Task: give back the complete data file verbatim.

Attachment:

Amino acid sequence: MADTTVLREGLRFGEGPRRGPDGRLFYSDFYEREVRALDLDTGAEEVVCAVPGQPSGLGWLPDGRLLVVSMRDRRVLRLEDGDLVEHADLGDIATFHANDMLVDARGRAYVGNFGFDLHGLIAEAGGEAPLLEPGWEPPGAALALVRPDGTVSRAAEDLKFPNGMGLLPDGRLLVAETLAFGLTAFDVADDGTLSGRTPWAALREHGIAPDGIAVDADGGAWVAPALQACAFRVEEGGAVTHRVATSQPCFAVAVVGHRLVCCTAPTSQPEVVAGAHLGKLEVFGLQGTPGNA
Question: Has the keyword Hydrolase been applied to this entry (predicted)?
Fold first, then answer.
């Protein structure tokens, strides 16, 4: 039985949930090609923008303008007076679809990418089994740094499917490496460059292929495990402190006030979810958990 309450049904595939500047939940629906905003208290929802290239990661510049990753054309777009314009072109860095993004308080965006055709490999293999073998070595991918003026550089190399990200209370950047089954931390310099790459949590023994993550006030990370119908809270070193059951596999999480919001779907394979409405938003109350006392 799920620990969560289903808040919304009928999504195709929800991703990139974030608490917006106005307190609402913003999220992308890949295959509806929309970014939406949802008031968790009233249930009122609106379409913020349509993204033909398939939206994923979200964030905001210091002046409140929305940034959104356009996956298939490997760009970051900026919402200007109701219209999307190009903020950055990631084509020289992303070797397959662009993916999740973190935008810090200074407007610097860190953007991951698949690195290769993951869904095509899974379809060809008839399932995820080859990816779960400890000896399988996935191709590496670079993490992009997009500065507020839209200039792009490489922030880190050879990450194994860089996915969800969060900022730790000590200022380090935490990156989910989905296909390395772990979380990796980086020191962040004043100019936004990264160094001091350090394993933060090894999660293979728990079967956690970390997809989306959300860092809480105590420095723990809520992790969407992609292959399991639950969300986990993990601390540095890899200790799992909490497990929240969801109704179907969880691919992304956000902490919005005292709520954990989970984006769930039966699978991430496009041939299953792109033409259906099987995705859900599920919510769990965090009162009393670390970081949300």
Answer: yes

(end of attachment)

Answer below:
Amino acid sequence: MADTTVLREGLRFGEGPRRGPDGRLFYSDFYEREVRALDLDTGAEEVVCAVPGQPSGLGWLPDGRLLVVSMRDRRVLRLEDGDLVEHADLGDIATFHANDMLVDARGRAYVGNFGFDLHGLIAEAGGEAPLLEPGWEPPGAALALVRPDGTVSRAAEDLKFPNGMGLLPDGRLLVAETLAFGLTAFDVADDGTLSGRTPWAALREHGIAPDGIAVDADGGAWVAPALQACAFRVEEGGAVTHRVATSQPCFAVAVVGHRLVCCTAPTSQPEVVAGAHLGKLEVFGLQGTPGNA
Question: Has the keyword Hydrolase been applied to this entry (predicted)?
Fold first, then answer.
């Protein structure tokens, strides 16, 4: 039985949930090609923008303008007076679809990418089994740094499917490496460059292929495990402190006030979810958990 309450049904595939500047939940629906905003208290929802290239990661510049990753054309777009314009072109860095993004308080965006055709490999293999073998070595991918003026550089190399990200209370950047089954931390310099790459949590023994993550006030990370119908809270070193059951596999999480919001779907394979409405938003109350006392 799920620990969560289903808040919304009928999504195709929800991703990139974030608490917006106005307190609402913003999220992308890949295959509806929309970014939406949802008031968790009233249930009122609106379409913020349509993204033909398939939206994923979200964030905001210091002046409140929305940034959104356009996956298939490997760009970051900026919402200007109701219209999307190009903020950055990631084509020289992303070797397959662009993916999740973190935008810090200074407007610097860190953007991951698949690195290769993951869904095509899974379809060809008839399932995820080859990816779960400890000896399988996935191709590496670079993490992009997009500065507020839209200039792009490489922030880190050879990450194994860089996915969800969060900022730790000590200022380090935490990156989910989905296909390395772990979380990796980086020191962040004043100019936004990264160094001091350090394993933060090894999660293979728990079967956690970390997809989306959300860092809480105590420095723990809520992790969407992609292959399991639950969300986990993990601390540095890899200790799992909490497990929240969801109704179907969880691919992304956000902490919005005292709520954990989970984006769930039966699978991430496009041939299953792109033409259906099987995705859900599920919510769990965090009162009393670390970081949300």
Answer: yes